The assistance funds are blocked until the panel can hold hearings into the alleged corruption.
Responding to allegations that billions of dollars in U.S. financial assistance to Afghanistan is being lost to corruption, the House State-Foreign Operations Appropriations Subcommittee withheld the $3.9 billion in aid requested for the war-torn country, while approving a $52.8 billion fiscal 2011 spending bill on Wednesday.
The bill, approved by a unanimous voice vote, already cut $4 billion from President Obama's request to fund the State Department, U.S. Agency for International Development and dozens of foreign assistance and cooperation programs.
The Afghan assistance funds are blocked until the panel can hold hearings into the alleged corruption, which are expected early after the Independence Day recess, State-Foreign Operations Subcommittee Chairwoman Rep. Nita Lowey, D-N.Y., said. Lowey and ranking member Rep. Kay Granger, R-Texas, also requested the Government Accountability Office to conduct a detailed audit of all U.S. funds provided to Afghanistan for the last three fiscal years.
While stressing the importance of Afghanistan to U.S. national security and her support for assistance to education, economic development, health care and enhancement of women's rights, Lowey said: "We have an obligation to every American to ensure that their hard-earned tax dollars are not squandered through corruption and graft."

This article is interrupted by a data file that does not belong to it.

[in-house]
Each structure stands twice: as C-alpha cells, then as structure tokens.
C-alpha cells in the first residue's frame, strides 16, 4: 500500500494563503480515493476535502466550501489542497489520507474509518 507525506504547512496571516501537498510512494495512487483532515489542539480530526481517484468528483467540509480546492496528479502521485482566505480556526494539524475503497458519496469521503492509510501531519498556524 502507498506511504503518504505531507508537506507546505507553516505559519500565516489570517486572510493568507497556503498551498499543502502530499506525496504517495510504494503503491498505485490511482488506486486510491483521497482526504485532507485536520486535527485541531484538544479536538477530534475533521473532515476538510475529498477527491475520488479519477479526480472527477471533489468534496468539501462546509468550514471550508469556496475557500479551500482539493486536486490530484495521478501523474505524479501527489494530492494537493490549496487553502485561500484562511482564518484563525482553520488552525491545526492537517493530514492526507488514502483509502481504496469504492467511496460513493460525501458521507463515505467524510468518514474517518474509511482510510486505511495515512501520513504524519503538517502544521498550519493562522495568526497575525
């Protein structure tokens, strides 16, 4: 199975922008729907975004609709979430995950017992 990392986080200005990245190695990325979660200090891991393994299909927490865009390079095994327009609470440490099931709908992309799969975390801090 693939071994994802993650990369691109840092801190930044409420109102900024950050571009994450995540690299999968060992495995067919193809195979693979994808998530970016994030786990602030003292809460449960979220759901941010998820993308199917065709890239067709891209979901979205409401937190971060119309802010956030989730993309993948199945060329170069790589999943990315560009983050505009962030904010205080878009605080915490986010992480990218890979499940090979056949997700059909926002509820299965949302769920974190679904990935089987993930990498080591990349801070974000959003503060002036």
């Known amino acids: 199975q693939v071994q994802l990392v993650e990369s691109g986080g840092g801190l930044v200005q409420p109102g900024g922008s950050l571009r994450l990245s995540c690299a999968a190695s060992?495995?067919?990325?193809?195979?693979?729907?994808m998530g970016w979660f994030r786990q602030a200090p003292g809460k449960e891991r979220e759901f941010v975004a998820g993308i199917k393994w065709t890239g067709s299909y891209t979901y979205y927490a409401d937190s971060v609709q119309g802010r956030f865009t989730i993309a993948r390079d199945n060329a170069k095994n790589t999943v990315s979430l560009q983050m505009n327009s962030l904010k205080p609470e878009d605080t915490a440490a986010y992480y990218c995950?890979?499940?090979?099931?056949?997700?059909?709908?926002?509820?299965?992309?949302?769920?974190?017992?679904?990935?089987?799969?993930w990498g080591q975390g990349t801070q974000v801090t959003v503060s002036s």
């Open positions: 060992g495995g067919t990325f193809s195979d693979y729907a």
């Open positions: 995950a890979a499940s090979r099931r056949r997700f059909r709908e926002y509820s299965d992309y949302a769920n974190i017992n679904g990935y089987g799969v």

Lowey also expressed her admiration for the U.S. troops and civilians engaged in Afghanistan but noted the success of the mission there "is entirely dependent on the capability and commitment of the Afghans to govern effectively."
Granger echoed Lowey's concern about the alleged corruption and said it was essential that the investigations do not affect execution of the military strategy.
The bill would provide $11.7 billion for State, $691 million below the president's request. Most of the cut came from diplomatic and consular programs. But the bill added $114 million to enhance security at embassies and diplomatic missions.
The measure would grant $16.5 billion to the array of international organizations, which included minor cuts in nearly every one.
Administration of foreign assistance, which includes USAID administration account, would receive $1.7 billion, $37 million below the request.
Bilateral economic assistance programs, which includes aid to displace persons and refugees, disaster assistance efforts, global health initiatives and USAID's assistance programs, would receive $23.2 billion, a cut of $1.4 billion from Obama's request.
International security assistance programs, which includes peacekeeping, foreign military education and training and foreign military assistance, would get $8.9 billion, a reduction of just over $1 billion.
Subcommittee Democrats rejected on a 9-5 vote an attempt by Rep. Denny Rehberg, R-Mont., to cut the funding level back to the fiscal 2010 total of $48.9 billion.
Appropriations Committee Chairman Rep. David Obey, D-Wis., noted that the Budget Enforcement Act, which the House is expected to act on Thursday, could cut all of the appropriations by 15 percent.